As I am still in Italy I have a treat for you, a blog post all about beautiful bento lunches.
Hello lovely readers, do let me introduce myself! My name is Grace, and I blog over at Eats Amazing on the subject of healthy children’s food, with a particular focus on the bento style lunches that I make daily for my six year old son. Julie very kindly asked me to write a guest post for her, and I was very happy to oblige – I do love rambling on about my favourite hobby – bento!
You may be wondering what on earth bento is, but if you are, don’t worry, I’m here to enlighten you! Bento is a Japanese word, meaning ‘convenient’, and it refers to a meal, packed in a box, most commonly for lunch. It’s basically the Japanese equivalent of packed lunches. What makes bento different from the packed lunches that we’re used to here in the UK though is that all the food is packed tightly into one box, arranged so as to be pleasing to the eye as well as the taste buds.
Japanese Mums have been packing bento lunches for their children for years, and in some cases they get incredibly creative, sculpting elaborate designs such as cartoon characters or portraits of famous people from rice.
The idea of bento has also recently been taken up in other parts of the world, particularly America and more recently here in the UK, as bento offers an interesting and healthy alternative to our ‘traditional’ sandwich style lunch.
The Japanese tend to fill their bento boxes with the rice and vegetables that comprise the usual Japanese diet, but when it comes to the kind of foods you can put in your own bentos, there are endless possibilities! I started making bento lunches myself nearly two years ago when my older son started school.
I stumbled across the idea entirely by accident, and was instantly attracted to it, as I had already got fed up of packing lunches just for the two days a week that he was at pre-school. Initially I just wanted to pack something healthy for him, but I soon discovered the joy of getting creative with food. Here are a few of my favourite recent lunches:
This lunch was really fun to make! The panda on the left is a hard-boiled egg, shaped using an egg mould (one of my favourite tools of the trade!) The cucumber was cut into flowers using a mini bento cutter, and the elephants were homemade tortilla crisps (shapes cut from a tortilla wrap using a cookie cutter then baked in the oven).
The little animals and alphabet letters are food picks, which are specially designed bento accessories that are used both for decoration and as mini forks/picks to help pick up the food). I also used silicone cups and ‘baran’ (dividers) to hold some of the food and add a splash of extra colour. You can see full details of this lunch here.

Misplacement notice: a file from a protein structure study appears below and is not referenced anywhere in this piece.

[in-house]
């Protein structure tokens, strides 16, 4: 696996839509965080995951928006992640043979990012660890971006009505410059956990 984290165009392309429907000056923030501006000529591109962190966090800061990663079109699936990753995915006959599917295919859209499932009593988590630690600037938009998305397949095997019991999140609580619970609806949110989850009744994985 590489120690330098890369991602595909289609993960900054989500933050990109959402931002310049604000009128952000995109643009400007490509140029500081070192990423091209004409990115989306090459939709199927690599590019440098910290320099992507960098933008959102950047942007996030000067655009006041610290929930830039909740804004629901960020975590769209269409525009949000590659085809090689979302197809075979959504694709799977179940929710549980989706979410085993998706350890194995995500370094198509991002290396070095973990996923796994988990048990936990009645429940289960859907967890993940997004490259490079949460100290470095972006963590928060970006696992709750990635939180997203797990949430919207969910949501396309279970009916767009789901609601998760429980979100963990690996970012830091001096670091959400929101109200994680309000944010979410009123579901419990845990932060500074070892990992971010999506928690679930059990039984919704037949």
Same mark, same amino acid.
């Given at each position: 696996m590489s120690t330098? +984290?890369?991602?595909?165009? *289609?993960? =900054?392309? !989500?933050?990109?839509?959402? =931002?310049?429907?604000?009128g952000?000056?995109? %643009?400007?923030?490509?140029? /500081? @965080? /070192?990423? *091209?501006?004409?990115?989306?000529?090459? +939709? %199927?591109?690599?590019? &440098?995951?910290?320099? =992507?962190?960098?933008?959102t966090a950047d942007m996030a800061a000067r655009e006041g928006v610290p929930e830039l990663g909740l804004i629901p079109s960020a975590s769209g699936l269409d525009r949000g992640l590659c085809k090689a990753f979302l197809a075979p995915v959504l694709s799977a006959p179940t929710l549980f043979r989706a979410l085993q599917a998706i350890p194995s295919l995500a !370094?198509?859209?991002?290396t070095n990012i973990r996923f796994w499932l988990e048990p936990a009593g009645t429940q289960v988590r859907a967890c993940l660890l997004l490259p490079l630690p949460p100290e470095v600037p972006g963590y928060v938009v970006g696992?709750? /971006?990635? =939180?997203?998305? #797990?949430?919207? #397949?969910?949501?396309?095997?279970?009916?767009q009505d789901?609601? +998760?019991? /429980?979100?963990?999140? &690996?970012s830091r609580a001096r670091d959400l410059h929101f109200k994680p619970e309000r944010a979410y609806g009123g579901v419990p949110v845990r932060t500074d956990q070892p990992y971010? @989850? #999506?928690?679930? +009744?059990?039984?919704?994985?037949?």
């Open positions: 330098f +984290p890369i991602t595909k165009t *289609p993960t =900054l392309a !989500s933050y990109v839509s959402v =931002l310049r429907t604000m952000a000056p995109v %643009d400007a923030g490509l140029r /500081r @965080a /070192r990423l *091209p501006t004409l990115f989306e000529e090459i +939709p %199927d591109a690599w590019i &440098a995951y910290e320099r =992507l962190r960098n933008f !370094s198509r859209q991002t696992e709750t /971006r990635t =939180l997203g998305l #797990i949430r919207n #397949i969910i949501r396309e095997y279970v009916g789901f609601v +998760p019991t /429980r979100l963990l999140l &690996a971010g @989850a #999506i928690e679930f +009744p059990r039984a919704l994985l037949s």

This lunch was made to celebrate World Turtle Day earlier this year. The ‘tortoise’ was made from a wholemeal pitta bread, split and stuffed with roast beef slices and salad, with carrot ‘feet’, and I decorated the shell with an edible marker pen. I used food picks to decorate the side portions of fruit and vegetables. You can see full details of this lunch here.
This lunch was packed in a traditional Japanese two-tiered bento box. The two halves stack on top of each other and are held together with an elastic strap. I made a simple pasta salad using space themed pasta with stars cut from raw yellow pepper and carrot (using a tiny star shaped bento cutter). I also used star cutters to cut a design into the wax of the Babybel and shape the cucumber slices. You can see full details of this lunch here.
I made this lunch for science day at my son’s school. I filled a plastic test-tube with raisins, decorated the sandwiches with edible marker pens, cut the carrots into stars using mini bento cutters and I added some sprinkles to the yoghurt. You can see full details of this lunch here.
As you can see, I love getting creative with bento lunches and making the food really fun for my son, but bento doesn’t have to be complicated.
All you really need to make a bento lunch is a box and some food – the healthier the better of course! Why not give it a try yourself? There are quite a few benefits to packing lunches in this way: they are very ‘green’ because they don’t require extra packaging such as cling-film or tinfoil to be used, they are incredibly flexible, as you can fit most types of food into a bento box, they can make food look very appealing, and their flexibility makes it easy to create a healthy and balanced meal.